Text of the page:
Curtis Hays (21:25.47)

Dave Tear (21:25.778)
I taught it yesterday. I taught it yesterday and they got the concept. I just hope today they’re actually doing it because in the laboratory I was teaching it and it was contrived. It was very contrived. All right, here’s what we’re going to do. We’re going to do as they do in an effort to make them comfortable with you. Well, how is that? Well, people are comfortable with people like themselves.

So let them see themselves in you. It’s a very, very powerful move in sales. It’s called mirroring and matching based on the rapport part of bonding and rapport. Giving back to offer back.

Curtis Hays (21:59.229)
So is that evolving with technology where deals are done via email, phone calls, Zoom meetings like we’re having? So how are you teaching that now to build that rapport and that relationship when we’re not connected, you know, in person?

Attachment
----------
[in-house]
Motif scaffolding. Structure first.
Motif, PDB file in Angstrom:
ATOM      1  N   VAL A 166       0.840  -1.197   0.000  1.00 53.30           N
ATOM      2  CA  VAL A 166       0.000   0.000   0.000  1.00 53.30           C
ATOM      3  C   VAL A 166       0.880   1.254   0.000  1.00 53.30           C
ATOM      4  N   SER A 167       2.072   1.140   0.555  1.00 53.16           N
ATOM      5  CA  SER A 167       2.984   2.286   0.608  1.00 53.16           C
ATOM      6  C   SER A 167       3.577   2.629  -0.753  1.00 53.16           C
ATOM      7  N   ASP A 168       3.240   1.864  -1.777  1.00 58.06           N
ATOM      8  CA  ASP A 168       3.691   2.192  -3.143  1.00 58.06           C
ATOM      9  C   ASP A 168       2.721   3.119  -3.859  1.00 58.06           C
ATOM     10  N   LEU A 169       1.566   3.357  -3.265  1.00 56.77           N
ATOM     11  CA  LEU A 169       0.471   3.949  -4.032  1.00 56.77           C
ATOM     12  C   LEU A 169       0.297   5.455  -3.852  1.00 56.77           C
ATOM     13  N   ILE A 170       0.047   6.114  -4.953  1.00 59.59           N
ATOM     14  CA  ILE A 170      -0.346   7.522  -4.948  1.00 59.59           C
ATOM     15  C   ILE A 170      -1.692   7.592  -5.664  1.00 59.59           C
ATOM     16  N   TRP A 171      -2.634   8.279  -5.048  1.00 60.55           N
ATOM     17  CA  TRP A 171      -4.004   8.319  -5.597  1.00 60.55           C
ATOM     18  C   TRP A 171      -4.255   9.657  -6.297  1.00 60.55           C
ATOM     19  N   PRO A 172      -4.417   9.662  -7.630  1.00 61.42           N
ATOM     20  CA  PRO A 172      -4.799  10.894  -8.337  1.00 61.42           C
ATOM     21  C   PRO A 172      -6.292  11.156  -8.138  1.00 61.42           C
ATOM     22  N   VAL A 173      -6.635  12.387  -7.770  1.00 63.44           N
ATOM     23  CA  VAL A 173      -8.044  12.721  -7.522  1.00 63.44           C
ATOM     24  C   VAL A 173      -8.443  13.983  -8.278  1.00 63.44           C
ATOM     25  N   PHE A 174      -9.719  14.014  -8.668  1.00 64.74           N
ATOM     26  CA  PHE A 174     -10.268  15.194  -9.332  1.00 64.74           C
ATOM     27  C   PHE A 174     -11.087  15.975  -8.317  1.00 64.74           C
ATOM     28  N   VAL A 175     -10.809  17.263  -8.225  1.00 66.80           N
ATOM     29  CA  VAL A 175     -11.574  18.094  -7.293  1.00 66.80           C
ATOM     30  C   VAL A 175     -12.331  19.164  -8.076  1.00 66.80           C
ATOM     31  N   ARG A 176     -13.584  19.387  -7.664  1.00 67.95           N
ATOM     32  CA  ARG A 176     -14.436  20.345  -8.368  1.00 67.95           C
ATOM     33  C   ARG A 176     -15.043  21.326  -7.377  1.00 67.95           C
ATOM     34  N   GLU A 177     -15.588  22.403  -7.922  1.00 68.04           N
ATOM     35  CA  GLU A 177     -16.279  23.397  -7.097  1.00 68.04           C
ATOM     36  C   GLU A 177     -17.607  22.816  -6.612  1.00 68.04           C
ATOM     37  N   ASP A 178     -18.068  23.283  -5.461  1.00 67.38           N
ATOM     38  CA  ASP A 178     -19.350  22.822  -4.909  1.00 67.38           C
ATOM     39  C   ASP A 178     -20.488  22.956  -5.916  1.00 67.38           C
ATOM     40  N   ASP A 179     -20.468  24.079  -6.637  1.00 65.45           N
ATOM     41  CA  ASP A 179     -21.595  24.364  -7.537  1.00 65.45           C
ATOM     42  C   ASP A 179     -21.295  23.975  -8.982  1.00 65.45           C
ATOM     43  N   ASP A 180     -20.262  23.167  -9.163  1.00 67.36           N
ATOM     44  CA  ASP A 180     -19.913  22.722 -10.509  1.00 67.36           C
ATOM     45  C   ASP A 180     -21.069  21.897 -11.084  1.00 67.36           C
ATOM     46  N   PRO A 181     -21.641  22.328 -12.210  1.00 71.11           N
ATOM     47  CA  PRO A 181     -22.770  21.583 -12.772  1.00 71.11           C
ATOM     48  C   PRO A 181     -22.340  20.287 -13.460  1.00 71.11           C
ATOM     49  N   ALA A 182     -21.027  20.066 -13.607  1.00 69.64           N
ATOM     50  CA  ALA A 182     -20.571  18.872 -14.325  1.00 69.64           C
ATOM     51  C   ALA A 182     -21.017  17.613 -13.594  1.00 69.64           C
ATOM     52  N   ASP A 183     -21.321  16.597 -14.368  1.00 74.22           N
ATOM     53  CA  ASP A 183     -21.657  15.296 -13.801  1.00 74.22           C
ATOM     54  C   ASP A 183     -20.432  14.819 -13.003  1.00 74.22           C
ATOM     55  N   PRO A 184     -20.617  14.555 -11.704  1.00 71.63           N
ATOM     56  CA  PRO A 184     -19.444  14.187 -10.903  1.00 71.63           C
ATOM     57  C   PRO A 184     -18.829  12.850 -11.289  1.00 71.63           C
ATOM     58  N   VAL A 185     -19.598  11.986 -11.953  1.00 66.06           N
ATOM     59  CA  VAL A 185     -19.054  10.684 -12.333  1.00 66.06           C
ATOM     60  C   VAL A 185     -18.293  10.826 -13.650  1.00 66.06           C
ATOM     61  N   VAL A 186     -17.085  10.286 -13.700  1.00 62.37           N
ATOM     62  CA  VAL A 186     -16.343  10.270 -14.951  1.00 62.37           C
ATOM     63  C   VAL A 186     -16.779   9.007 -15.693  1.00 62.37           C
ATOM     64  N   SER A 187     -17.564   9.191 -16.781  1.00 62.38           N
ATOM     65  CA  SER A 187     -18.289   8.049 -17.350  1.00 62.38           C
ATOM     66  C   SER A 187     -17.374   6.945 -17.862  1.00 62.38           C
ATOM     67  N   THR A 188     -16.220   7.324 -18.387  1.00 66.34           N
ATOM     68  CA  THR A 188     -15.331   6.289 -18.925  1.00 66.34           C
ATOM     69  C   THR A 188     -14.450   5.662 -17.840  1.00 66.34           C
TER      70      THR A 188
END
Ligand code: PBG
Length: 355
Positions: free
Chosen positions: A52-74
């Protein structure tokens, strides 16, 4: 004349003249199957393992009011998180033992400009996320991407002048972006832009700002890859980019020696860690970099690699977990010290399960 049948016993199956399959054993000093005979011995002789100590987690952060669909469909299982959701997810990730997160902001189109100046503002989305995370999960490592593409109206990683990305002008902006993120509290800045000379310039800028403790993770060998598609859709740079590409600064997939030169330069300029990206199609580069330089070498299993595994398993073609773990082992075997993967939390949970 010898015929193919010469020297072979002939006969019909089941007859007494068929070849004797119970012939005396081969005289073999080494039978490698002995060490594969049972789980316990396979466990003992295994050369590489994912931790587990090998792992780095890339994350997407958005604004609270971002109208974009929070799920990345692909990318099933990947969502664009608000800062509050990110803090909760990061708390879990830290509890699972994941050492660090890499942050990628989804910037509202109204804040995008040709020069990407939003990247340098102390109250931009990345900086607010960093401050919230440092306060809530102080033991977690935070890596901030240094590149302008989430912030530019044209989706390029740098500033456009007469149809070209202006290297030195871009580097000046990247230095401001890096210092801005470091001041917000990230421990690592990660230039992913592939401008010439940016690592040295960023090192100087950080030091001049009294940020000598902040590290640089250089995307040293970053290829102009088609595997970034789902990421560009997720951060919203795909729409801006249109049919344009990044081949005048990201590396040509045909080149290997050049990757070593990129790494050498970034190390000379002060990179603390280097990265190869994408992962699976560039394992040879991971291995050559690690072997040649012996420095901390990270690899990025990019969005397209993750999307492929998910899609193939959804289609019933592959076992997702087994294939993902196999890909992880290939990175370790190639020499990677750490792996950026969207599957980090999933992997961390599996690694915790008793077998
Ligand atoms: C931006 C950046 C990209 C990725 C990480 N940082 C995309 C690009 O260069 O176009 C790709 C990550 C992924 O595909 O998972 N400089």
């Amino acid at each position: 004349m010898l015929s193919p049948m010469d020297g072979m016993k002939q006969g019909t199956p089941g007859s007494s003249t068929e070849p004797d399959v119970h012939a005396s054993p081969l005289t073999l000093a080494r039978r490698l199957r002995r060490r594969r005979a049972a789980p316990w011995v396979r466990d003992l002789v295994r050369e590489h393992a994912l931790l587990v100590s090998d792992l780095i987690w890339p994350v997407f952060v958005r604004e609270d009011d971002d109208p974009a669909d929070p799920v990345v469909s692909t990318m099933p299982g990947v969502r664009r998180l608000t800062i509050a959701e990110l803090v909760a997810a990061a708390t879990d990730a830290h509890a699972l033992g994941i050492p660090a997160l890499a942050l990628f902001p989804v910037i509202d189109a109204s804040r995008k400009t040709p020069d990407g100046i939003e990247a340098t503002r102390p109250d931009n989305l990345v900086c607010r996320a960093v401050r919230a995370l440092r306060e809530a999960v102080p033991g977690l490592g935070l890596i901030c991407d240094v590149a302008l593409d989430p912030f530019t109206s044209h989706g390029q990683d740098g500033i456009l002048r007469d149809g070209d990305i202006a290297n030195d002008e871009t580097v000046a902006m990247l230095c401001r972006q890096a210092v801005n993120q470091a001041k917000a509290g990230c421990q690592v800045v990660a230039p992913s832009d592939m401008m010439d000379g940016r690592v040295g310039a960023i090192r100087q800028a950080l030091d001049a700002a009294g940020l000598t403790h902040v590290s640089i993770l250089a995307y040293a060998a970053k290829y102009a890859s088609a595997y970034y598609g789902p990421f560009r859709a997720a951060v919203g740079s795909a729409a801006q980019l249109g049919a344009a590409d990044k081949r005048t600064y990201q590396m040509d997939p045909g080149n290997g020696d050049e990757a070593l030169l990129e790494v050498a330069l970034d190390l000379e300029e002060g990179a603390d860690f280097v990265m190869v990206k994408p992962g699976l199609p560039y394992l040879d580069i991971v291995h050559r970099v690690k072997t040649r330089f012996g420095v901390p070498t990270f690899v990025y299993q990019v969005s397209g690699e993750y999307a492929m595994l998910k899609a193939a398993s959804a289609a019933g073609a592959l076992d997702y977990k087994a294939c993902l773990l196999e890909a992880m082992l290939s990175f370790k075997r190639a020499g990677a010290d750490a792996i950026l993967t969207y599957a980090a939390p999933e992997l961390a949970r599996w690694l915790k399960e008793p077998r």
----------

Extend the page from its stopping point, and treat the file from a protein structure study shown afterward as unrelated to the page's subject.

Dave Tear (22:07.529)

Dave Tear (22:15.542)
Yeah, it’s a great question. And I will tell you, right after the China virus started, we were all thrown into Teams and Zoom meetings, WebEx. And it was a necessity for me to build some material to how to do, how to sell virtually, right? Virtual selling.

Back then, and it’s even still happening today, it was discouraging to hear clients, salespeople, and sales leaders say, nobody’s working, we can’t get in touch with anybody. And I heard it from almost every client I had. And I listen and I doubt that that’s the case, right? People are working, okay? They’re not working the same way they used to.